Clinical Leadership in Digital Projects, Parts A and B

CLIN202

CLIN202 Price: AU 250

Register for both Part A and Part B
(recommended) and receive a discount

Competency-based

Global

Self-paced

Cost-effective

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Targeted

Accessible

Target Audience

Clinicians from all clinical disciplines.

Advised pre-requisites

CLIN100 Clinical Practice in the Digital Age

Course description

Digitisation – the transformation of healthcare using digital technologies – is a complex socio-technical endeavor and in many cases is very disruptive as well as potentially beneficial. Benefits do not just accrue – they need to be managed to accrue. The informed involvement of clinicians is critical to success in clinical information systems projects.

This Course is one of two Parts which are collectively designed for clinicians from all health professional backgrounds who are or will be in leadership roles in the design, development, acquisition, deployment, implementation, management, disposal and/or evaluation of information technology projects.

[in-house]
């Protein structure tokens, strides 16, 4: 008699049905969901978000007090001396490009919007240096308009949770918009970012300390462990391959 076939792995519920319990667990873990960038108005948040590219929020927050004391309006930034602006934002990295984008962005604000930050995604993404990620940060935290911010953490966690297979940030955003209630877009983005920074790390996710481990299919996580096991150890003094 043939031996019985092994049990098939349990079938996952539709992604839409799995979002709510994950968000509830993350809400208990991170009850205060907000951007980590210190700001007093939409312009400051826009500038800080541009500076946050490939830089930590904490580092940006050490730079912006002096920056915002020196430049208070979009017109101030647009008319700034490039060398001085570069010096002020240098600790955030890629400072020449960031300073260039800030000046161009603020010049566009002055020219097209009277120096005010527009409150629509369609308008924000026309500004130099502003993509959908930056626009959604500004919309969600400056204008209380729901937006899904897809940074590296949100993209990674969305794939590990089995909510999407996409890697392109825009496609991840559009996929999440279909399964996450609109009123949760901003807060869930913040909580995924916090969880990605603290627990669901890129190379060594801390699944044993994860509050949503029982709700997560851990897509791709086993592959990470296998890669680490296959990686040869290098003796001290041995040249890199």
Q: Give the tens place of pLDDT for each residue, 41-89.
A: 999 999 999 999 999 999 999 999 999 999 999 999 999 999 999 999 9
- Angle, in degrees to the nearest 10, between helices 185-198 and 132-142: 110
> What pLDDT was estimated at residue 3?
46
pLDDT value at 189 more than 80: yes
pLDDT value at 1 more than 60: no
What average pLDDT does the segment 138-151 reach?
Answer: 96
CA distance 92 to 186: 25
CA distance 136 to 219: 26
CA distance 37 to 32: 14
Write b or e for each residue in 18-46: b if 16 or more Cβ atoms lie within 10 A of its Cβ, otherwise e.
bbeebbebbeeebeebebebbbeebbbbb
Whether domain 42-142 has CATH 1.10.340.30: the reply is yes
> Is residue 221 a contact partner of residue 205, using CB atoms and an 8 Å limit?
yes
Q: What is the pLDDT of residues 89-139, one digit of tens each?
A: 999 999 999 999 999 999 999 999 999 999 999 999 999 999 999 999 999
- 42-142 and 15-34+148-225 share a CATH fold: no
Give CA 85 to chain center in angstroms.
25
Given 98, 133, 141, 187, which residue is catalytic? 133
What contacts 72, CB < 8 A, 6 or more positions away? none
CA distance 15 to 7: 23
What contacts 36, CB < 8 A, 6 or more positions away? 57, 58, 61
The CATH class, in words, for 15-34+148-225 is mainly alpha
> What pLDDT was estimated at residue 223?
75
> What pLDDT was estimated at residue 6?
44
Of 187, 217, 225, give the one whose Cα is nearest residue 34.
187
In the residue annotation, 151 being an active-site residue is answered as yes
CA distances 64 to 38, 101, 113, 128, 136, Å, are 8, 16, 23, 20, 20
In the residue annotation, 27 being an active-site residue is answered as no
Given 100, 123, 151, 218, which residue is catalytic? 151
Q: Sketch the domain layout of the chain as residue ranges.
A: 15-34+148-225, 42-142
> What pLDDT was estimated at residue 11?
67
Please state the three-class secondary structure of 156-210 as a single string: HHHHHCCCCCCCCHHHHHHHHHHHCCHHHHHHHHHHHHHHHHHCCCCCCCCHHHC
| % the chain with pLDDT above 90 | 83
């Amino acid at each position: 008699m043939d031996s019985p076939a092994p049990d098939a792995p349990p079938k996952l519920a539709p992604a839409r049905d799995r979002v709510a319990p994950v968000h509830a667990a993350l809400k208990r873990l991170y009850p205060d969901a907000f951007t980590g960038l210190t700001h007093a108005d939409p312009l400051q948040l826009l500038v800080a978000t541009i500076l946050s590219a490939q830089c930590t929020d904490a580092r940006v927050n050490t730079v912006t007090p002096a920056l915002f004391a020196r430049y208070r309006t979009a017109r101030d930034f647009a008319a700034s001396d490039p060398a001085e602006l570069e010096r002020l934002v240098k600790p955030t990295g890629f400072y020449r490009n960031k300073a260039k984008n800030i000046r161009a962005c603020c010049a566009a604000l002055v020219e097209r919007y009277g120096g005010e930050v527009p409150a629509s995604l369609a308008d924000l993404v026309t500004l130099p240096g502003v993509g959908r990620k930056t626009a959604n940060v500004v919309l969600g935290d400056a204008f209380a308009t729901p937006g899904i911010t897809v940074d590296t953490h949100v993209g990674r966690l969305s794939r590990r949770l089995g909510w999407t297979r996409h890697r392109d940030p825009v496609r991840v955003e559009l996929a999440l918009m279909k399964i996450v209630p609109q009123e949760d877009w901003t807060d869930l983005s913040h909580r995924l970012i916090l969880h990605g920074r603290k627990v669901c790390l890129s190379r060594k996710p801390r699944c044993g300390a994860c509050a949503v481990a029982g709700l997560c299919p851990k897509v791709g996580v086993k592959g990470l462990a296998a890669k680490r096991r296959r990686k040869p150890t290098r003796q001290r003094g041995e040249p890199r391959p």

This Course assumes a sound understanding of major concepts and issues in health informatics including the state of maturity of digitisation in clinical practice; the nature of complexity in health and biomedical informatics; evidence-based approaches to dealing with these; and success (and failure) factors for clinical information system implementations. Some of the concepts highlighted in the foundation course Clinical Practice in the Digital Age (CLIN100) are revisited in considerably more detail.

Learning Objectives

Having successfully completed the two Parts of this Course, clinicians will be able to:

  1. Apply problem solving methods and technical approaches to health and biomedical concepts.
  2. Interpret, demonstrate and align the needs of stakeholders.
  3. Apply quality principles to clinical information management and across the system lifecycle.
  1. Appraise the value of clinical IT and manage clinical benefit realisation.
  2. Analyse issues and manage opportunities and risks associated with clinical IT.
  3. Apply good practice to the governance of clinical IT.
  4. Understand clinical models and their wider implications.
  5. Apply the disciplines that lead to interoperability and re-use of clinical data and processes.